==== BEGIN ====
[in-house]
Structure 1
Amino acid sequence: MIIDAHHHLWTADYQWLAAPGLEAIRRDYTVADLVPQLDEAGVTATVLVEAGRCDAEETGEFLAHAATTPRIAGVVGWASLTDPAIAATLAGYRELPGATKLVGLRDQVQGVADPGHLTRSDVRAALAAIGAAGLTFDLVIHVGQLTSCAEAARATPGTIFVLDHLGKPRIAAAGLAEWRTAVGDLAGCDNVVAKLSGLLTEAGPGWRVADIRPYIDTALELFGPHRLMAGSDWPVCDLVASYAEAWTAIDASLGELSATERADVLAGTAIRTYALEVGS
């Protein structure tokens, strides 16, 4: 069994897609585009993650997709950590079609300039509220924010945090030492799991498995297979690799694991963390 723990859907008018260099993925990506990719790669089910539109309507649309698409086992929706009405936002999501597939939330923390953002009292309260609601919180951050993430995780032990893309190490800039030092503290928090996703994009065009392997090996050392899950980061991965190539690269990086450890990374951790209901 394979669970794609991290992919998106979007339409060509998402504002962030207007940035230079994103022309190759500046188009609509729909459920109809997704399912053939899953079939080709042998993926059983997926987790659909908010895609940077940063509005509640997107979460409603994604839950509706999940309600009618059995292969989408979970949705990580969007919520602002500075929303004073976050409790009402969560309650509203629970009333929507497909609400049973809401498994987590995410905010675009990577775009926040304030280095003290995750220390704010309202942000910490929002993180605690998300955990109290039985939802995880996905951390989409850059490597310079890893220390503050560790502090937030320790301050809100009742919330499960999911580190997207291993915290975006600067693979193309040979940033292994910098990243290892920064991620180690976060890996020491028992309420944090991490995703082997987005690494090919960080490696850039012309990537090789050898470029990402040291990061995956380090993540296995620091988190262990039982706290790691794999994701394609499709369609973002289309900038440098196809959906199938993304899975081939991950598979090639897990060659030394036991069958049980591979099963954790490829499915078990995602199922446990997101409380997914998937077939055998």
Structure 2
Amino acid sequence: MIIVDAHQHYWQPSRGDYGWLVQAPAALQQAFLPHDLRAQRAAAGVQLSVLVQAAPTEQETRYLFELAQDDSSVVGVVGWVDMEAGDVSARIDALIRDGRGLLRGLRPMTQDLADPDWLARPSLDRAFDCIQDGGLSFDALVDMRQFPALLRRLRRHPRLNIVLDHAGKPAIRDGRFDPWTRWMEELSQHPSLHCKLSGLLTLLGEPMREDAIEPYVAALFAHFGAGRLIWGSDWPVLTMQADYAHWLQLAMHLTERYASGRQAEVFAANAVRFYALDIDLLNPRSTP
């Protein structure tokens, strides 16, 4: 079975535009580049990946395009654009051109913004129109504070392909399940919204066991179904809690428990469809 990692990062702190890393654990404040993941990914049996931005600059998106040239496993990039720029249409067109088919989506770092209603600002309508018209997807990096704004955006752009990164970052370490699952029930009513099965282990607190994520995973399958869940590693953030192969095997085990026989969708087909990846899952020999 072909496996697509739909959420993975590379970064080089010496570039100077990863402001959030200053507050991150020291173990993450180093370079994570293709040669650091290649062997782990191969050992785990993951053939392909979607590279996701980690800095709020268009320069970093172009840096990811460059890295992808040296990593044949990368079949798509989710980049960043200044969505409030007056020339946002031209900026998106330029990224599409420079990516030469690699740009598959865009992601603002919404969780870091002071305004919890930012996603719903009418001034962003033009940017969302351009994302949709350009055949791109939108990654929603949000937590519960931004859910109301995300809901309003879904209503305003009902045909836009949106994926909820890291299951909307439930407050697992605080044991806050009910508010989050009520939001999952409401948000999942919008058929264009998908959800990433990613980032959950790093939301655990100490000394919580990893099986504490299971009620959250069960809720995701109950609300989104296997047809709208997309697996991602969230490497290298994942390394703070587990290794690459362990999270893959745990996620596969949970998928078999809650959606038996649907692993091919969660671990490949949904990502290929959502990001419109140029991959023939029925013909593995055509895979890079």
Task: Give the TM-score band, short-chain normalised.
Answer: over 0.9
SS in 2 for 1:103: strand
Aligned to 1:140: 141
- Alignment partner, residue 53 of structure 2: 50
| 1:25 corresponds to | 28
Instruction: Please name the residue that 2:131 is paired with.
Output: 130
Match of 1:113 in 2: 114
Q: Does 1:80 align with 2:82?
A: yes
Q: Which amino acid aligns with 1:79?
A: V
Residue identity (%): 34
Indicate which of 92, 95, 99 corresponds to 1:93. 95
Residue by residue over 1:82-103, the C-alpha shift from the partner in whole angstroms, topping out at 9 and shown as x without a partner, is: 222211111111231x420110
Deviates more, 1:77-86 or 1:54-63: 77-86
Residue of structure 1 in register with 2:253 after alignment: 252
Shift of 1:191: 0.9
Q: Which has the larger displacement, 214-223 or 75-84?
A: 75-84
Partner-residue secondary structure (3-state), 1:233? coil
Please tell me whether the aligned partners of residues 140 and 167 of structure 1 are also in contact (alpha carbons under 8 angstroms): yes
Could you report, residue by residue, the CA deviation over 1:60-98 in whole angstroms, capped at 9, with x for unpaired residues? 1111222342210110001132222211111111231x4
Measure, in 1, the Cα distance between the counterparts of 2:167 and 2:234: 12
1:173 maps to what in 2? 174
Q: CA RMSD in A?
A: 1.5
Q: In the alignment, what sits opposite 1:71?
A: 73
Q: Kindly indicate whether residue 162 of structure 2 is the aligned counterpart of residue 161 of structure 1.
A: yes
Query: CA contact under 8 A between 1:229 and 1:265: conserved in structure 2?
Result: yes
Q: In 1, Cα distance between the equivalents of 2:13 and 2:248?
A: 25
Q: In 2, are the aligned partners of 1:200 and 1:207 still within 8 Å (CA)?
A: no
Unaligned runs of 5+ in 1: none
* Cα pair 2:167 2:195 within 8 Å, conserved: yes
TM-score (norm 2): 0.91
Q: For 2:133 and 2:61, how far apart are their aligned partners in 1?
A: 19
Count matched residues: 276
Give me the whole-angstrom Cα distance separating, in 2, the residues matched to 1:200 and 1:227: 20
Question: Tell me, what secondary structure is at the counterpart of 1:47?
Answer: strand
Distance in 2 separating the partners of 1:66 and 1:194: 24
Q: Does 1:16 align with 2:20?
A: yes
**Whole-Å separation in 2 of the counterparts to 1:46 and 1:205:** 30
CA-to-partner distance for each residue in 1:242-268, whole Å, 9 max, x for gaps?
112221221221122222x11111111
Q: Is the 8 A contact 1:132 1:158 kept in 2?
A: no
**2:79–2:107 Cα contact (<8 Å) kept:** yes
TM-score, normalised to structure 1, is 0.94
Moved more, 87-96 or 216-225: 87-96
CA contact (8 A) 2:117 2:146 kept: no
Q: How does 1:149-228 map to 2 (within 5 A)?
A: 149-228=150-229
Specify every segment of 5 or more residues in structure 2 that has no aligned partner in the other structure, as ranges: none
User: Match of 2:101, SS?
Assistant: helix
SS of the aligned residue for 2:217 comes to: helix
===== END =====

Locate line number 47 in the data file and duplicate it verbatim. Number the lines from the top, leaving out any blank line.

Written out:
* Cα pair 2:167 2:195 within 8 Å, conserved: yes